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Novel poignantly explores faith, hope

The Annunciation of Francesca Dunn, By Janis Hallowell, Morrow, 310 pp., $23.95

Francesca Dunn is 14. She lives in Denver with her mother, a divorced paleobotanist. She plays the cello. She is beautiful. She helps serve meals to the homeless at Ronnie's Cafe. In short, she is talented, lovely, goodhearted, but in no way extraordinary. Then one day Chester, a homeless man, one of the cafe regulars, notices something different about her. Chester is gifted with an unusual sense of smell. He can smell people's emotions, characters, sometimes even illnesses: "I can pick up the rotten sweetness of infection from across the street. Anger coming off a person is an acrid, mustardy thing, and lying has a cloying soapy smell."

Francesca smells of roses. Divinity. Holiness. Then another homeless man says her touch cured his heart trouble. And every morning, on her front porch, she finds flower petals arranged in beautiful, delicate patterns like those of a Tibetan mandala. Word spreads. People gather across the street from her house. Others leave flowers, letters, and gifts for "the Virgin," as they call her. Crowds surround her when she goes out. Soon she can't leave her house. Francesca is trapped, wondering how long she can hide her morning sickness and missed periods from her mother.Chester tries, only sometimes successfully, to act as her protector. Anne, her mother, doesn't understand how anyone could believe in a messiah, let alone that her daughter could be carrying it. All she can do is keep her daughter inside, wonder why this guy named Chester sleeps on her lawn, and pay Francesca's best friend, Sid, to help Francesca keep up with schoolwork. And Sid is thinking about her own problems ("[Anne] paid me ten bucks a day to bring homework to Francesca. Until my mom found a new job, it was buying groceries."). The cult around Francesca grows. Some people see her as a way to make money, others as their last hope for life -- for themselves or for their children. And as Francesca loses her sense of who she is, those around her learn who they are: For her mother, for Chester, for Sid, the situation presents problems they never thought they'd have, decisions they never thought they'd face, and temptations they couldn't have imagined.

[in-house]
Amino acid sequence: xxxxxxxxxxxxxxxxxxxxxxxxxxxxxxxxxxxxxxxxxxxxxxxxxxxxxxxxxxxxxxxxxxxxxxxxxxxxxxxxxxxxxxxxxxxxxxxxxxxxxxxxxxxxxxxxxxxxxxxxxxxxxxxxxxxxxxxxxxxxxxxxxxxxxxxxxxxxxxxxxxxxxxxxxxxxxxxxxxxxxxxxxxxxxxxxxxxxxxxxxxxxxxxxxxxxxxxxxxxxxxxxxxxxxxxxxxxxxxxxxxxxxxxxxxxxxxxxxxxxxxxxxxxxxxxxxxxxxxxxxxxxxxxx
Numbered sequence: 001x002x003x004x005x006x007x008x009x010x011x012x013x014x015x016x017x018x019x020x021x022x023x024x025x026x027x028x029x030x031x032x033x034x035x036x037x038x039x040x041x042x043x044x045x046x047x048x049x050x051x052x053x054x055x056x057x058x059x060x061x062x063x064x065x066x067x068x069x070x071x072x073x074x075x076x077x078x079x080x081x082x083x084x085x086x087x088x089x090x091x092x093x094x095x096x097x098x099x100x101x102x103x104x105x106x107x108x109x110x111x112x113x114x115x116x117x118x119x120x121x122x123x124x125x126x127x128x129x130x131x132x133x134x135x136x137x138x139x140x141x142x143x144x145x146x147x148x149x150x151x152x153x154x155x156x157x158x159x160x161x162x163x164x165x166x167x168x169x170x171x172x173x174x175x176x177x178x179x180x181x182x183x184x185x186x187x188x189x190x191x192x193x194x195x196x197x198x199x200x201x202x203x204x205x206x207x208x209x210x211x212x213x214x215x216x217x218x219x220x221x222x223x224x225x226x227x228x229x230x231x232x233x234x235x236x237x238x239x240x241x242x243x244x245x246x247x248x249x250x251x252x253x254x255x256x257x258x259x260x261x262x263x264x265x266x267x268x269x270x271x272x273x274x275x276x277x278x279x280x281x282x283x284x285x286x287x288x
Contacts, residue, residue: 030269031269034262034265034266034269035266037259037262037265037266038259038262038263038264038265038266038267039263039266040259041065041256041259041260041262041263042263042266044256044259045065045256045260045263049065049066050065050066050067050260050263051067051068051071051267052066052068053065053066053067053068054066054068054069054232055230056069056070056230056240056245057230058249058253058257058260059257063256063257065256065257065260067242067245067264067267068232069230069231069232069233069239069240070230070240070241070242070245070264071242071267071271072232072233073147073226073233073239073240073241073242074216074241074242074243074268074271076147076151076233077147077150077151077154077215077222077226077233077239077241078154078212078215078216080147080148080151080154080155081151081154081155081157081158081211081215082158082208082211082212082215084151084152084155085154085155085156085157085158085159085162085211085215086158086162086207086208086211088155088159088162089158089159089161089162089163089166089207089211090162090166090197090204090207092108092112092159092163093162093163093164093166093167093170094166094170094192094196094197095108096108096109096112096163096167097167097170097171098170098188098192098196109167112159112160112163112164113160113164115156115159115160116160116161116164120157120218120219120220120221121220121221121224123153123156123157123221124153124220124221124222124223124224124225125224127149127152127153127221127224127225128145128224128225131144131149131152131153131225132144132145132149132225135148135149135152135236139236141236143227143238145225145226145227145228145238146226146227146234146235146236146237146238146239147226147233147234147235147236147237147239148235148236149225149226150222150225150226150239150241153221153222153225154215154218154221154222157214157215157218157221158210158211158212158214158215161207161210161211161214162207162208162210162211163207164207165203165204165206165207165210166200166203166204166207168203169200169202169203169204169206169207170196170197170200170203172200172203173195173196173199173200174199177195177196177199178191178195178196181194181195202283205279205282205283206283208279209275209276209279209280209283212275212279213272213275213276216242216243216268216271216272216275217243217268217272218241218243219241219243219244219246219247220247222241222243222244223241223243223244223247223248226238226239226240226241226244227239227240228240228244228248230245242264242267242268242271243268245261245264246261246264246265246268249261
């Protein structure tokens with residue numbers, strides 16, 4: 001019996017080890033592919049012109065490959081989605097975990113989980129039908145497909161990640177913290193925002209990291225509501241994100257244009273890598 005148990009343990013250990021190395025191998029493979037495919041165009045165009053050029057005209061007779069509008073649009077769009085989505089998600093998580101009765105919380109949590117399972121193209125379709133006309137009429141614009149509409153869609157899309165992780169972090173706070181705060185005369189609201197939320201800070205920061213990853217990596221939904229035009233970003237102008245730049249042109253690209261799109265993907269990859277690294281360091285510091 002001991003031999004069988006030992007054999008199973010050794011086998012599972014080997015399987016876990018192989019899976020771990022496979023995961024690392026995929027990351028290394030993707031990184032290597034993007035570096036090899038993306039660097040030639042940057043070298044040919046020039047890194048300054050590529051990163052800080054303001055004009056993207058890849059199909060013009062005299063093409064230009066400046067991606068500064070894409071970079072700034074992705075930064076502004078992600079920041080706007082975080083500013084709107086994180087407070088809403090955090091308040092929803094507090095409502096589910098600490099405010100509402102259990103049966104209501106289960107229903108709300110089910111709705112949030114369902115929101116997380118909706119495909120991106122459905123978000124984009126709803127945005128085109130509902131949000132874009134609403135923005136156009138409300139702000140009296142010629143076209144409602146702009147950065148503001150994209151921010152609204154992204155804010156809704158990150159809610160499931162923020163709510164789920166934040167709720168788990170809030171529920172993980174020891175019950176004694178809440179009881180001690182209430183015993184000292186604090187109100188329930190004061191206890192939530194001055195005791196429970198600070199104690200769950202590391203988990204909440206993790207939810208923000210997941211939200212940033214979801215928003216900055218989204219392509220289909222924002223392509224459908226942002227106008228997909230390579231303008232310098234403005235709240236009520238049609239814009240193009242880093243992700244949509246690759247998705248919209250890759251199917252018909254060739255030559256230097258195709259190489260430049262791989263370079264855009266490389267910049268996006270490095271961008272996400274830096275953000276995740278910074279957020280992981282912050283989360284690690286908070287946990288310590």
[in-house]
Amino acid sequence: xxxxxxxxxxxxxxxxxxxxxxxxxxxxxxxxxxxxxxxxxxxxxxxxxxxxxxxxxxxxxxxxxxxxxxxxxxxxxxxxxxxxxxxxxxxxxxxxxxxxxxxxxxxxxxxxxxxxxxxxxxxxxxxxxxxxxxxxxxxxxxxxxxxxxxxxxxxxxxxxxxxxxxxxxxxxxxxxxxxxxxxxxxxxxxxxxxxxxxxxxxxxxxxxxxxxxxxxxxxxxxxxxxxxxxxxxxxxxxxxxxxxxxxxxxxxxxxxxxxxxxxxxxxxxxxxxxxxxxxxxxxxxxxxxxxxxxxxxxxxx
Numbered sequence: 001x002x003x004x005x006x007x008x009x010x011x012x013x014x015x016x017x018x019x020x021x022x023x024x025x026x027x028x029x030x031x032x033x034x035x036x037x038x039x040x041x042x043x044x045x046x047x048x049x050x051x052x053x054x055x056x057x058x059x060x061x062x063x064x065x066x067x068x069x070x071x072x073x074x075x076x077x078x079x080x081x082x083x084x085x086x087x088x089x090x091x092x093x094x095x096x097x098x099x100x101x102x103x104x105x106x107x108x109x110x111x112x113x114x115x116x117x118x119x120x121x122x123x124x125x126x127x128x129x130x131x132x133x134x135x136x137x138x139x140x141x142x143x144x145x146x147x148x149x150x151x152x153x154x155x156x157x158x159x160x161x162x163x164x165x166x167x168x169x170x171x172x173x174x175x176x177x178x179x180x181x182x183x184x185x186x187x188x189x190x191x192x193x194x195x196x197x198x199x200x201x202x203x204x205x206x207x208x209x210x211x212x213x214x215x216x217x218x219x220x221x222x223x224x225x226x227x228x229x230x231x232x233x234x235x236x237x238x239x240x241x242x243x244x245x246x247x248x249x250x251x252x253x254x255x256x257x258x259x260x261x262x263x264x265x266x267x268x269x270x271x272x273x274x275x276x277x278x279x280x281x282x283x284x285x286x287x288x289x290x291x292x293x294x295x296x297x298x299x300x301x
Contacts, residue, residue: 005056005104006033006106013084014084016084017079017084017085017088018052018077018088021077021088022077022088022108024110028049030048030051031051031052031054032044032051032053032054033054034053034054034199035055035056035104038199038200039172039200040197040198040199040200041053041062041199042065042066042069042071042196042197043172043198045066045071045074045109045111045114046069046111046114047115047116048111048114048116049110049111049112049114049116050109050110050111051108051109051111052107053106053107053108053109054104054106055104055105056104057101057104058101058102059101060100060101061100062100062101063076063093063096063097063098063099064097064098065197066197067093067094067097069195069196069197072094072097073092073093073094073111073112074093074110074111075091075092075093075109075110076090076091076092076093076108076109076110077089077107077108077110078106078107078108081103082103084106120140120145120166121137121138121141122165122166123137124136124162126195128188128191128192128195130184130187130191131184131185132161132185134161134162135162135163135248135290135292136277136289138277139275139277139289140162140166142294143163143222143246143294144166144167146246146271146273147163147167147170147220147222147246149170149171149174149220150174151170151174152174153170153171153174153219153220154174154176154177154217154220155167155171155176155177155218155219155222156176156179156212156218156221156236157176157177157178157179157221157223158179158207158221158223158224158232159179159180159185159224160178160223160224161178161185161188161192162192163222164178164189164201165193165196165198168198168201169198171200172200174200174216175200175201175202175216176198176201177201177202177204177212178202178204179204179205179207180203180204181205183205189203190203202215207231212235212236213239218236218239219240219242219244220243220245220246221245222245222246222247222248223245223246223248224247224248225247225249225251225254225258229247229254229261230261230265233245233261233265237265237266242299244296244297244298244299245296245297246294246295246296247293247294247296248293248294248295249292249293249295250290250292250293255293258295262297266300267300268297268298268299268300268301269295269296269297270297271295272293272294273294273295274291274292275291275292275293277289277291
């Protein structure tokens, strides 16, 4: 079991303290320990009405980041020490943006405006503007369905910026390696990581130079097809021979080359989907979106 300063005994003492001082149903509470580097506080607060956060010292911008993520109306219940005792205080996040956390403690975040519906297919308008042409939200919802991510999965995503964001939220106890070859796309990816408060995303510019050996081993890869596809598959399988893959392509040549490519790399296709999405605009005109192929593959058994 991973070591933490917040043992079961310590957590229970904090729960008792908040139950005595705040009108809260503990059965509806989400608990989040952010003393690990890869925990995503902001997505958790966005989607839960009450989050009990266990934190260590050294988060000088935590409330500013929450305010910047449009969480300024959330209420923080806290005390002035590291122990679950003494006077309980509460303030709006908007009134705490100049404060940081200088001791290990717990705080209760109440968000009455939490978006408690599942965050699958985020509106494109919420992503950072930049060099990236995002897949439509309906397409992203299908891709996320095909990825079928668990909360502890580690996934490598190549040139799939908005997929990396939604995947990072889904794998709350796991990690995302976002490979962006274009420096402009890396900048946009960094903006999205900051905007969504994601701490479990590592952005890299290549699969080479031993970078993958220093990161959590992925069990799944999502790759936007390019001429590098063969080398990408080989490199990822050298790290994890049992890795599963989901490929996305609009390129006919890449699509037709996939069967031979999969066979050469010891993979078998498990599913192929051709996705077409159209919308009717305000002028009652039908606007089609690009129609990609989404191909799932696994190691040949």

"The Annunciation of Francesca Dunn" poignantly explores the conflict between rationality and religion, between what we call ordinary and what we call holy. When Chester is offered medication that can cure him of his unusual sense of smell, that could calm him enough to make living in a house tolerable again, at first he can reflect only on the potential loss: "I thought of all the holy people throughout history . . . and what the world would have been like if they'd all been given medication to make them ordinary. There would have been less suffering, but I couldn't imagine a world without saints or madmen." Many other writers would have tried to answer the question "Is it better to be a saint or live an ordinary life?" Janis Hallowell is wise enough to know it's unanswerable.

The religious novel has had a spotty record in the past couple of decades. Ron Hansen's "Mariette in Ecstasy" is a work of considerable power and mystery, but those qualities are tamed, rendered safe, by the remoteness of time and setting, a turn-of-the-century convent. Any promise in John Irving's "A Prayer for Owen Meany" died stillborn, a victim of the author's adolescent gimmickyness and ham-handed preaching. Devoid of religious dogma or pat answers, "The Annunciation of Francesca Dunn" dares us to imagine mystery in our lives, in our time. It's a book that sends us away refreshed, with the potential to see the sacramental in the everyday.

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